This week, the Bipartisan Policy Center (BPC) held an event discussing how registered apprenticeships can play a role in moving forward the skills and compensation of the early childhood workforce. The first panel provided an overview of the apprenticeship landscape. BPC’s Director of the Early Childhood Initiative, Linda Smith, began the conversation by citing a Bureau of Labor Statistics estimate that 180,000 child care jobs are expected to open each year over the next decade as the demand in the field grows. To fill this need, states are increasingly turning to ECE apprenticeships; 16 states currently have local or statewide ECE registered apprenticeship programs.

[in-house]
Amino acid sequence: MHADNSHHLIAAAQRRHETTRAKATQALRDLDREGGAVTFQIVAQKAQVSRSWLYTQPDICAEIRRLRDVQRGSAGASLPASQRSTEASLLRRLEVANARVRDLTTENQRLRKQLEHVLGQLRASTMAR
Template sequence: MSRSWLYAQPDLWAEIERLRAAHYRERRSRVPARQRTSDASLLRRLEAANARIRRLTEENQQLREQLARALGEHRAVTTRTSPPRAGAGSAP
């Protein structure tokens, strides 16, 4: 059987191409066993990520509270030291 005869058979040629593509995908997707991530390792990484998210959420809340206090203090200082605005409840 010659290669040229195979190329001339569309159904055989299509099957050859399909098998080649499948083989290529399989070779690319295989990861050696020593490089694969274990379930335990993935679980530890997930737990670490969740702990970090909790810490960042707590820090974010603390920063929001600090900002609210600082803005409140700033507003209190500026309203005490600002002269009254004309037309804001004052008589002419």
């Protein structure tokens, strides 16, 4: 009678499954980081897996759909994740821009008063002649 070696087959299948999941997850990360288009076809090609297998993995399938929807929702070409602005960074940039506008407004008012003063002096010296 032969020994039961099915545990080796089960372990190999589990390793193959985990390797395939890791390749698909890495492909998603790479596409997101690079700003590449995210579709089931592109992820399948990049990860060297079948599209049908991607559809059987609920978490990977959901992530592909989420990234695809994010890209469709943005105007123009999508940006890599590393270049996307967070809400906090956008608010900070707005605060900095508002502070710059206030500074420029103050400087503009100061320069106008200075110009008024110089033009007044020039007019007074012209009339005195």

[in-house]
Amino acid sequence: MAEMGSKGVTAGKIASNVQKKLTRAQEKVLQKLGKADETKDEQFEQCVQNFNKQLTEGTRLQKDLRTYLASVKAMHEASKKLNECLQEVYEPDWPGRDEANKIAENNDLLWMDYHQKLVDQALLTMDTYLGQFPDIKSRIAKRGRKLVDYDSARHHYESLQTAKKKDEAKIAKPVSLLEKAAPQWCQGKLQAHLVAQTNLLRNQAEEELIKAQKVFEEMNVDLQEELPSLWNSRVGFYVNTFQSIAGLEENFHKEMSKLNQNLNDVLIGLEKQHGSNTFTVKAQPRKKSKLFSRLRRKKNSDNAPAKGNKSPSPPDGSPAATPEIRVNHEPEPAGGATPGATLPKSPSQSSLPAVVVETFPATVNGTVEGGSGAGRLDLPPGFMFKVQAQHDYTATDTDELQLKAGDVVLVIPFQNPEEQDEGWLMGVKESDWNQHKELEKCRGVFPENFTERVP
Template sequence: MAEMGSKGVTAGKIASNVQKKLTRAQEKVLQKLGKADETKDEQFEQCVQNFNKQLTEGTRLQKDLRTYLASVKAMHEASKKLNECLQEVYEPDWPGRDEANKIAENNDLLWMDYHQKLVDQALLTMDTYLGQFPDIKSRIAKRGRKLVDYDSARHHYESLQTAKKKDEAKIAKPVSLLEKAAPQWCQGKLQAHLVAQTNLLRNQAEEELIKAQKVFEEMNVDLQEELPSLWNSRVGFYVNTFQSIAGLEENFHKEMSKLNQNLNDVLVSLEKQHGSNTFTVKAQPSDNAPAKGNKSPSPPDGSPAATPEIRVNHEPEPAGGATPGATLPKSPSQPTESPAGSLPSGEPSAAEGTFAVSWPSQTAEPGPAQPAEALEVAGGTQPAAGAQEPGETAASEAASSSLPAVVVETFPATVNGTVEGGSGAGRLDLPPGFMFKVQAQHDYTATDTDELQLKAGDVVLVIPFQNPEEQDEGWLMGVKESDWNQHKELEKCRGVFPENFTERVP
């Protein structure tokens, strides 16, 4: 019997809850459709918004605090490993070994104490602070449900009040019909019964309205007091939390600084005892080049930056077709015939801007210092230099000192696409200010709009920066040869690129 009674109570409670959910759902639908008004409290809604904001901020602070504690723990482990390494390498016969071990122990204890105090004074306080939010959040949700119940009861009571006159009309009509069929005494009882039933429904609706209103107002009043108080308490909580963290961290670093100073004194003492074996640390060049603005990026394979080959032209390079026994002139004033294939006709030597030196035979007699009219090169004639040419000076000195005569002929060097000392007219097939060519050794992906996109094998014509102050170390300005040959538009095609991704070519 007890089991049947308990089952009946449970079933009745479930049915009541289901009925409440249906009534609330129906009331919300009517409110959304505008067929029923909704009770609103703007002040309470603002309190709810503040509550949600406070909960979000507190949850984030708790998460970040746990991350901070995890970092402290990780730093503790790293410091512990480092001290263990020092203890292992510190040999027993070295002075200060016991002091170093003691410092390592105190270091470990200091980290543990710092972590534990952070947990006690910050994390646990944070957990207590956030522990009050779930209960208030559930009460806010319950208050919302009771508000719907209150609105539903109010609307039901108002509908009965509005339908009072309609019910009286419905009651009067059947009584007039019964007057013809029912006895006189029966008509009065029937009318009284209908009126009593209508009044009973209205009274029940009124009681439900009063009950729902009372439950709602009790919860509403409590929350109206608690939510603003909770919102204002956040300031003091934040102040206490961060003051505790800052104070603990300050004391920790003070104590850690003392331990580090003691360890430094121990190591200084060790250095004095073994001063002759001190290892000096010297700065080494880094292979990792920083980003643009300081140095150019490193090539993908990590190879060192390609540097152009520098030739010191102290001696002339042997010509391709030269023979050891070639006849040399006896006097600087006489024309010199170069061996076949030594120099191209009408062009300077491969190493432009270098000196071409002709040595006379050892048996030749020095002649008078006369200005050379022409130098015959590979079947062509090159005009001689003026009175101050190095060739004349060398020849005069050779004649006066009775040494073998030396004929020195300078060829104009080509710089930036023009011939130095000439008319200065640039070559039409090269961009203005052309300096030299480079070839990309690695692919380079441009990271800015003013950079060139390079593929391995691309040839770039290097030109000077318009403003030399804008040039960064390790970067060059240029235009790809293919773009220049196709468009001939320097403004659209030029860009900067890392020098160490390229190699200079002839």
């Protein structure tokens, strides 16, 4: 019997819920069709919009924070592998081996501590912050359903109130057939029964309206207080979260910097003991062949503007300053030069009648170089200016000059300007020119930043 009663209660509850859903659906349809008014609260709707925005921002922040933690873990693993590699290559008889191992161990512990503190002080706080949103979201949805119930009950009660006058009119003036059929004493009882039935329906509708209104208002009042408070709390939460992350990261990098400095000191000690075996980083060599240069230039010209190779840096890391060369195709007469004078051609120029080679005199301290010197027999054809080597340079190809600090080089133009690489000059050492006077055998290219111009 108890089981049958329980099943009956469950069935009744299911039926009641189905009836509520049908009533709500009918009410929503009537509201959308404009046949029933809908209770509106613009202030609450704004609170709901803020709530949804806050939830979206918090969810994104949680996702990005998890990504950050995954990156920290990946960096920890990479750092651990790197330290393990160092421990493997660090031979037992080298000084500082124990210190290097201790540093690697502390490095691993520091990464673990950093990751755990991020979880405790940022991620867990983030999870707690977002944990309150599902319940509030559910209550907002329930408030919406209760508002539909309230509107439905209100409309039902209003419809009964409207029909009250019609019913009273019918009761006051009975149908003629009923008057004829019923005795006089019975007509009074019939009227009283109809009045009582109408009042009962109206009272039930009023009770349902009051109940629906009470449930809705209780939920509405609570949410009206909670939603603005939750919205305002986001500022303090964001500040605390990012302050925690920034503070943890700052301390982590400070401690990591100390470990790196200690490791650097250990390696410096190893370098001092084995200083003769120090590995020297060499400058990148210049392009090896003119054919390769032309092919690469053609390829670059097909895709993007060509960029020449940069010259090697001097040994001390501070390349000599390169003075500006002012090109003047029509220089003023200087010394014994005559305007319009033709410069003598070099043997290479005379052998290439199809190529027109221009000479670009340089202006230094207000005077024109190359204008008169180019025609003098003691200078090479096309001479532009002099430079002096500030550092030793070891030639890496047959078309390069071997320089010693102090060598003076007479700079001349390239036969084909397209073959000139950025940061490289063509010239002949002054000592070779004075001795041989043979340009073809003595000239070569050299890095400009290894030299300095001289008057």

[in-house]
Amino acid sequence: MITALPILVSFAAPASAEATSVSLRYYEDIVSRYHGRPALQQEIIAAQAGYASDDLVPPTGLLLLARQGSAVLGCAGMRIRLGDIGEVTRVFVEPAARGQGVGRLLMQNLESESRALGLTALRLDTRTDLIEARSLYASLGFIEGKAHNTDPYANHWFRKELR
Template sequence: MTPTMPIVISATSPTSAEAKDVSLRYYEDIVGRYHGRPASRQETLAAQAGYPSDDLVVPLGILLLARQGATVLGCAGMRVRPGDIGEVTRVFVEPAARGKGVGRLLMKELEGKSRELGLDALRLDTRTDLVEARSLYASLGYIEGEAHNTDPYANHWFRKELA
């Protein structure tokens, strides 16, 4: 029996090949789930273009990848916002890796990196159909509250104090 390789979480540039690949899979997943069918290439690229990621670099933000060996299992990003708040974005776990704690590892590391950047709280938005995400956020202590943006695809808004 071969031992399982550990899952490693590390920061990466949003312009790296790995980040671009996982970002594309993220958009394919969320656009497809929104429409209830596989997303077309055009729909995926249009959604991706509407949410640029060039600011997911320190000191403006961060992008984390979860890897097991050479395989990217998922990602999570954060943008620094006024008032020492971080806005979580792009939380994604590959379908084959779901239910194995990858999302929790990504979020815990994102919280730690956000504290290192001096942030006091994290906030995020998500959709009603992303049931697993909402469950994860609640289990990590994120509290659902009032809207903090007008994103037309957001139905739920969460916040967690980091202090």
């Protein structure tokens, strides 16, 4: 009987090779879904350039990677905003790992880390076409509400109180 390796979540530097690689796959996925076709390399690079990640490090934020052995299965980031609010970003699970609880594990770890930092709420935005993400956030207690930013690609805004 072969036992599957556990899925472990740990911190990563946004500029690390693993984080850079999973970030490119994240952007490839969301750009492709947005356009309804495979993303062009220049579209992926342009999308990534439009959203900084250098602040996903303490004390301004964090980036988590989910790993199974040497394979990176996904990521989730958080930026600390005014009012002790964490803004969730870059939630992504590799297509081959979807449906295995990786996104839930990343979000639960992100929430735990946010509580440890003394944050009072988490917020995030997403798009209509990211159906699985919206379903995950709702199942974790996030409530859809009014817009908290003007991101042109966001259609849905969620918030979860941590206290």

Shannon Christian, Director, Office of Child Care, spoke about how ECE apprenticeships give existing providers opportunities to increase their level of knowledge in a way that breaks down common barriers to seeking further education and will allow them to earn higher wages. Director Christian noted that cultivating the provider workforce was a frequent topic during recent efforts to gather input on expanding access to affordable, high-quality child care, including a request for comment and a 10-city listening tour. Stakeholders called for a professional development system that meets providers where they are and helps make pursuit of a credential or degree more affordable. ECE apprenticeships were often discussed as an innovative and feasible approach to meet these needs.